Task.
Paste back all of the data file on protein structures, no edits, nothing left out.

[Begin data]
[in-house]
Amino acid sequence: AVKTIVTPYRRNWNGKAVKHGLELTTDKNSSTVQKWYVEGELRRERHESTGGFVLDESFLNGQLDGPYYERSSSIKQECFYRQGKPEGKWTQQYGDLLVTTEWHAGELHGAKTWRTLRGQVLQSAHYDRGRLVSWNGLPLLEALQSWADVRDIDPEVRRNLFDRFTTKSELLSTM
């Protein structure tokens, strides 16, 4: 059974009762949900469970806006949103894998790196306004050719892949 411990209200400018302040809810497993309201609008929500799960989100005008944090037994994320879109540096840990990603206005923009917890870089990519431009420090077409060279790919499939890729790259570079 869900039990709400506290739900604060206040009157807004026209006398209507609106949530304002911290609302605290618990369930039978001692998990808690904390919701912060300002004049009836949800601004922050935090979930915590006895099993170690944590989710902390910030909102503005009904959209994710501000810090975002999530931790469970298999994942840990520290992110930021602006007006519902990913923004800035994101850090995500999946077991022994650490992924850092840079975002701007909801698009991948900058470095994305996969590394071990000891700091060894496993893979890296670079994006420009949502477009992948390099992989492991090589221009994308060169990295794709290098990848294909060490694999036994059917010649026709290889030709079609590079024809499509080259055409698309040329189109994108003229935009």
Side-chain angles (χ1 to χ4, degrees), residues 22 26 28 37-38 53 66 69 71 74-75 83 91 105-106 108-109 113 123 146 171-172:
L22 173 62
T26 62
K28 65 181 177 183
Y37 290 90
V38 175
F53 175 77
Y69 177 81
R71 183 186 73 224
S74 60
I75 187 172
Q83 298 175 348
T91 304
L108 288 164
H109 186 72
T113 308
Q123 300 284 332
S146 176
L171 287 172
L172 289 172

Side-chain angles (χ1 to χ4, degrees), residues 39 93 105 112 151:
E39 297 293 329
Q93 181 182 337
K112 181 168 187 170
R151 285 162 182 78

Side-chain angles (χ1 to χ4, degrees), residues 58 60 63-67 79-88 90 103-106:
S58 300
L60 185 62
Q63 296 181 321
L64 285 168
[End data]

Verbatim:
[in-house]
Amino acid sequence: AVKTIVTPYRRNWNGKAVKHGLELTTDKNSSTVQKWYVEGELRRERHESTGGFVLDESFLNGQLDGPYYERSSSIKQECFYRQGKPEGKWTQQYGDLLVTTEWHAGELHGAKTWRTLRGQVLQSAHYDRGRLVSWNGLPLLEALQSWADVRDIDPEVRRNLFDRFTTKSELLSTM
């Protein structure tokens, strides 16, 4: 059974009762949900469970806006949103894998790196306004050719892949 411990209200400018302040809810497993309201609008929500799960989100005008944090037994994320879109540096840990990603206005923009917890870089990519431009420090077409060279790919499939890729790259570079 869900039990709400506290739900604060206040009157807004026209006398209507609106949530304002911290609302605290618990369930039978001692998990808690904390919701912060300002004049009836949800601004922050935090979930915590006895099993170690944590989710902390910030909102503005009904959209994710501000810090975002999530931790469970298999994942840990520290992110930021602006007006519902990913923004800035994101850090995500999946077991022994650490992924850092840079975002701007909801698009991948900058470095994305996969590394071990000891700091060894496993893979890296670079994006420009949502477009992948390099992989492991090589221009994308060169990295794709290098990848294909060490694999036994059917010649026709290889030709079609590079024809499509080259055409698309040329189109994108003229935009």
Side-chain angles (χ1 to χ4, degrees), residues 22 26 28 37-38 53 66 69 71 74-75 83 91 105-106 108-109 113 123 146 171-172:
L22 173 62
T26 62
K28 65 181 177 183
Y37 290 90
V38 175
F53 175 77
Y69 177 81
R71 183 186 73 224
S74 60
I75 187 172
Q83 298 175 348
T91 304
L108 288 164
H109 186 72
T113 308
Q123 300 284 332
S146 176
L171 287 172
L172 289 172

Side-chain angles (χ1 to χ4, degrees), residues 39 93 105 112 151:
E39 297 293 329
Q93 181 182 337
K112 181 168 187 170
R151 285 162 182 78

Side-chain angles (χ1 to χ4, degrees), residues 58 60 63-67 79-88 90 103-106:
S58 300
L60 185 62
Q63 296 181 321
L64 285 168